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About

The ethos of the IBCC is to promote recognition, remembrance and reconciliation. In keeping with these values, the IBCC Digital Archive focuses on people’s stories of RAF Bomber Command and the bombing war in Europe, 1939-1945, from multiple perspectives: on the ground and in the air, military and civilian, and on both sides of the conflict. 

We collect two main kinds of material: oral testimonies of veterans and other eyewitnesses, and personal memorabilia. These have rarely been heard or seen outside of the owners’ family circle since the Second World War. It is important to emphasise that these are original sources, published ‘as is’, rather than having been interpreted. This is an archive, not an encyclopaedia.

The Digital Archive has done its utmost to identify veterans and other eyewitnesses whose stories we wished to record for posterity. Yet there is a strong ‘chance’ element in the way it has grown, too. Few eyewitnesses now survive to tell their stories. In addition, we have had to rely on families with personal collections to make contact with us, and to be willing to lend us their collections for digitisation. 

So, while we have preserved a vast amount of material, it is not a ‘methodical’ Archive because of this fortuitous, unpredictable element. The result is that, for example, some squadrons are well represented while others are not covered at all; or again, coverage of the experiences of those on the ground is stronger for some parts of Europe than others.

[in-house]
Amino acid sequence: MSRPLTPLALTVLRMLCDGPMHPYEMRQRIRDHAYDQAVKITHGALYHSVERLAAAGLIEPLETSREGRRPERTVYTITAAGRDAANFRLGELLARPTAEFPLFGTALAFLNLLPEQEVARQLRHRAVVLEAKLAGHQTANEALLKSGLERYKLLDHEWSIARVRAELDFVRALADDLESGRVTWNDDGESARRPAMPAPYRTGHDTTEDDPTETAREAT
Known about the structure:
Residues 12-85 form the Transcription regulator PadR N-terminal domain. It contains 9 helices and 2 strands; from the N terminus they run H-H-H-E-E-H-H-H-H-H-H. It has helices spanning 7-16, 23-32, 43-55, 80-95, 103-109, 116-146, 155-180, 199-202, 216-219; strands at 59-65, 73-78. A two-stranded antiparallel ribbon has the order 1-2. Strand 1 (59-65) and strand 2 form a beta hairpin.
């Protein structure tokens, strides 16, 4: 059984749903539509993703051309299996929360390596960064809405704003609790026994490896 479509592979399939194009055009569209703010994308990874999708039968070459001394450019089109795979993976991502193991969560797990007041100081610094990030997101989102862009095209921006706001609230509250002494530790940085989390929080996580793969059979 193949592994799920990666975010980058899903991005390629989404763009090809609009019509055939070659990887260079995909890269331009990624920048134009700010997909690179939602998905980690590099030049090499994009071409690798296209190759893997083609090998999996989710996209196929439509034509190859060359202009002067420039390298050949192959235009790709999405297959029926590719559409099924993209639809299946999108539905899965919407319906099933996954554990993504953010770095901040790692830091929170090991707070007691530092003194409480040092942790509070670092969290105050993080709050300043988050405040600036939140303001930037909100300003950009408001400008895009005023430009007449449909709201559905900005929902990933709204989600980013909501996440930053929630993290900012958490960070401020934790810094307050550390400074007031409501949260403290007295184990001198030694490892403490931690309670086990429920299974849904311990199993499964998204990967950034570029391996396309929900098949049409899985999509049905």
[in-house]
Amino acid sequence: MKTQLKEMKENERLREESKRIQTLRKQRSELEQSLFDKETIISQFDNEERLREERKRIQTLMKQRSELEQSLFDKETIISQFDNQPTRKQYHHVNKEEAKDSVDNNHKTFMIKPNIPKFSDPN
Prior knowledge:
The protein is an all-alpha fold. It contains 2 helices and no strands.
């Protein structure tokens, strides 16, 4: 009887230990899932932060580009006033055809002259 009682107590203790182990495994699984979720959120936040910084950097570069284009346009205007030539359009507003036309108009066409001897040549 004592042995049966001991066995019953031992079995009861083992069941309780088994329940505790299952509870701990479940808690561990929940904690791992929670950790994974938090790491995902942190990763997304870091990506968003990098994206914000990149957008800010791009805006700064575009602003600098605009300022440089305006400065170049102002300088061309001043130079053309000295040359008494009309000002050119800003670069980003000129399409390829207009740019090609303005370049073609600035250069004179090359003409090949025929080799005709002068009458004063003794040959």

So far, the Archive is focused on the UK and other Allied war experiences, although there is a growing body of material from what was then occupied Europe. We know we need to expand the ‘orchestra of voices’ into under-represented areas. If you have material that you are willing to share with us so that we can share it with others, please find our details at contact us.

Just as we have striven for an inclusive approach in content, so we have built the Archive in an inclusive way. We are grateful to the many volunteers who have donated thousands of hours to the various tasks of preservation and publication. They represent a very valuable ‘crowd’ from which we have sourced knowledge and dedication. All of them have been trained in the tasks they have undertaken.

It is worth noting that this is a digital archive; the owners of original items lend these to us for digitising and they are then returned to them. Once digitised we have no access to the originals.